FACTOID # 8: Bookworms: Vermont has the highest number of high school teachers per capita and third highest number of librarians per capita.
 
 Home   Encyclopedia   Statistics   States A-Z   Flags   Maps   FAQ   About 
   
 
WHAT'S NEW
RELATED ARTICLES
People who viewed "Arrow" also viewed:
 

SEARCH ALL

FACTS & STATISTICS    Advanced view

Search encyclopedia, statistics and forums:

 

 

(* = Graphable)

 

 


Encyclopedia > Arrow
Traditional target arrow and replica medieval arrow.
Traditional target arrow and replica medieval arrow.
Modern arrow with plastic fletchings and nock.
Modern arrow with plastic fletchings and nock.

An arrow is a pointed projectile that is shot with a bow. It predates recorded history and is common to most cultures. An arrow is a projectile launched from a bow. ... Image File history File links Size of this preview: 800 × 233 pixelsFull resolution (2130 × 620 pixel, file size: 943 KB, MIME type: image/jpeg) Aus der englischen Wikipedia ( [1] ): Top: modern target arrow with shield fletchings and brass point. ... Image File history File links Size of this preview: 800 × 233 pixelsFull resolution (2130 × 620 pixel, file size: 943 KB, MIME type: image/jpeg) Aus der englischen Wikipedia ( [1] ): Top: modern target arrow with shield fletchings and brass point. ... Image File history File linksMetadata Size of this preview: 800 × 365 pixelsFull resolution (1588 × 724 pixel, file size: 520 KB, MIME type: image/jpeg) A picture, of an Arrow taken with a digital camera. ... Image File history File linksMetadata Size of this preview: 800 × 365 pixelsFull resolution (1588 × 724 pixel, file size: 520 KB, MIME type: image/jpeg) A picture, of an Arrow taken with a digital camera. ... A projectile is any object sent through space by the application of a force. ... This article is about the projectile weapon bow. ... The word culture comes from the Latin root colere (to inhabit, to cultivate, or to honor). ...

Contents

Structure

Schematic of an arrow with many parts.
Schematic of an arrow with many parts.

A normal arrow consists of a shaft with an arrowhead attached to the front end, with fletchings and a nock at the other. Image File history File links This is a lossless scalable vector image. ... Image File history File links This is a lossless scalable vector image. ...


but unlike a usual arrow some are shaped liek adebobola fadiros head HOW ODD IS THAT ????


Arrow sizes vary greatly across cultures, ranging from eighteen inches to five feet (45 cm to 150 cm).[1] However, most modern arrows are two-and-a-half to three feet long (75 cm to 90 cm), similar to the length of English war arrows (which were made to be half the height of the man who shot them).[1] Very short arrows have been used, shot through a guide attached either to the bow (an "overdraw") or to the archer's wrist (the Turkish "siper"). [2] These may fly further than heavier arrows, and an enemy without suitable equipment may find himself unable to return them.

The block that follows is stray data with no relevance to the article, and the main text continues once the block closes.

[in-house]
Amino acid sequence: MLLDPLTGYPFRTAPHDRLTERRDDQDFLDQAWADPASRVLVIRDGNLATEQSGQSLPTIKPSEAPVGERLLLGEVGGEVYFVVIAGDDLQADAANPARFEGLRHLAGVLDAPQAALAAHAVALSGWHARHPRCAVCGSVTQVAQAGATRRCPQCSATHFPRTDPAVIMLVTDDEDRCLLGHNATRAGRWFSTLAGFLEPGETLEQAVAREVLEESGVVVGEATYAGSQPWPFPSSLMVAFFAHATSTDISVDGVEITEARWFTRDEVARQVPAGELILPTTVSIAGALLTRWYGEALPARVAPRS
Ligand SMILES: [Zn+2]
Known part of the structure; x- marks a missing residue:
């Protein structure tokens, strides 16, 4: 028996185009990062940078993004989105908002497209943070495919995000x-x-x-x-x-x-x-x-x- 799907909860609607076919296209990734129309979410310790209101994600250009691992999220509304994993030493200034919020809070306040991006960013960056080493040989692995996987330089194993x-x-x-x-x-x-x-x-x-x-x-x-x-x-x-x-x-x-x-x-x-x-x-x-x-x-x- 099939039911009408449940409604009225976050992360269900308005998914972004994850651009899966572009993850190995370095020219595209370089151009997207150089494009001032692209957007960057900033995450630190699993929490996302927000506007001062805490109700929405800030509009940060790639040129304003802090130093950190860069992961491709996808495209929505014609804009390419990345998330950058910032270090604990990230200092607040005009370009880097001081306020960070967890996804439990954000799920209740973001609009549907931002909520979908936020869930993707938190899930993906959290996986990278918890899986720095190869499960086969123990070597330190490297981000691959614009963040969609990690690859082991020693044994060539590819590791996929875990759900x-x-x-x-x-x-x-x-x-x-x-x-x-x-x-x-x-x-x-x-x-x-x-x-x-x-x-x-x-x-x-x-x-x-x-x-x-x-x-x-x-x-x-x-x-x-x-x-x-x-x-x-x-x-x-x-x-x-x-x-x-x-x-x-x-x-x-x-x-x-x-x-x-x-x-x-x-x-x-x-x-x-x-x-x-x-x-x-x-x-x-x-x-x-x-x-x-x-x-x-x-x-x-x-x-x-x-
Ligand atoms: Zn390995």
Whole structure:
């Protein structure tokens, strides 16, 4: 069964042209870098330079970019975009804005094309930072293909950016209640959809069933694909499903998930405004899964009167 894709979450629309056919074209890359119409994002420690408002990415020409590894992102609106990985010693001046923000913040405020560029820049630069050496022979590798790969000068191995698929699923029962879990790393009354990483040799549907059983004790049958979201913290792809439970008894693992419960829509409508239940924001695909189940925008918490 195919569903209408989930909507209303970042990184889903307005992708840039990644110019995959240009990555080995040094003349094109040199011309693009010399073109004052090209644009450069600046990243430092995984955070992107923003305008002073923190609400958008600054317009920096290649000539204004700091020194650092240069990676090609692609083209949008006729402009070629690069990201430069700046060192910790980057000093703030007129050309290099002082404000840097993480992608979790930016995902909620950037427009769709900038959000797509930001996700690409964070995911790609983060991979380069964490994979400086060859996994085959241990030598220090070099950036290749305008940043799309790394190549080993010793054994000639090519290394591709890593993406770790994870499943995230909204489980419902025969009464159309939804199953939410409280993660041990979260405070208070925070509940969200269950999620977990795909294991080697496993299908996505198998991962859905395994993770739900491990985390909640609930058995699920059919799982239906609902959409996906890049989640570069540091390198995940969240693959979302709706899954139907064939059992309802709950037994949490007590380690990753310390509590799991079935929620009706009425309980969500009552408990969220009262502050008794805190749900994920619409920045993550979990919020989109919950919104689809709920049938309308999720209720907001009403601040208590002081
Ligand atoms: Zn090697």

A Shoshone man using a shaft straightener in traditional arrow construction.
A Shoshone man using a shaft straightener in traditional arrow construction.

Image File history File links No higher resolution available. ... Image File history File links No higher resolution available. ... This article is about the Native American tribe. ...

Shaft

The shaft is the primary structural element of the arrow, to which the other components are attached. Traditional arrow shafts are made from lightweight wood, bamboo or reeds, while modern shafts may be made from aluminium or carbon fiber reinforced plastic. jake has a small willy The stiffness of the shaft is known as its spine, referring to how little the shaft bends when compressed. Hence, an arrow which bends less is said to have more spine. In order to strike consistently, a group of arrows must be similarly-spined. Higher draw-weight bows will generally require stiffer arrows, with more spine, or less flexibility, to prevent excessive arrow deformation. As according to the archer's paradox, non-centershot bows, where the arrow is not shot through the central vertical axis of the bow riser, will tend to be most accurate when a narrower range of arrow spine that allows the arrow to deflect correctly around the bow. For other uses, see Wood (disambiguation). ... For other uses, see Bamboo (disambiguation). ... Binomial name Phragmites australis (Cav. ... Aluminum redirects here. ... Tail of a RC helicopter, made of CFRP Carbon fiber reinforced plastic or (CFRP or CRP), is a very strong, light and expensive composite material or fiber reinforced plastic. ... Stiffness is the resistance of an elastic body to deflection or deformation by an applied force. ... Diagram of the archers paradox, showing what happens when arrows are incorrectly spined The term archers paradox refers to the flexing of an arrow shaft that occurs when it is shot from a non-centershot bow. ...


Footed arrows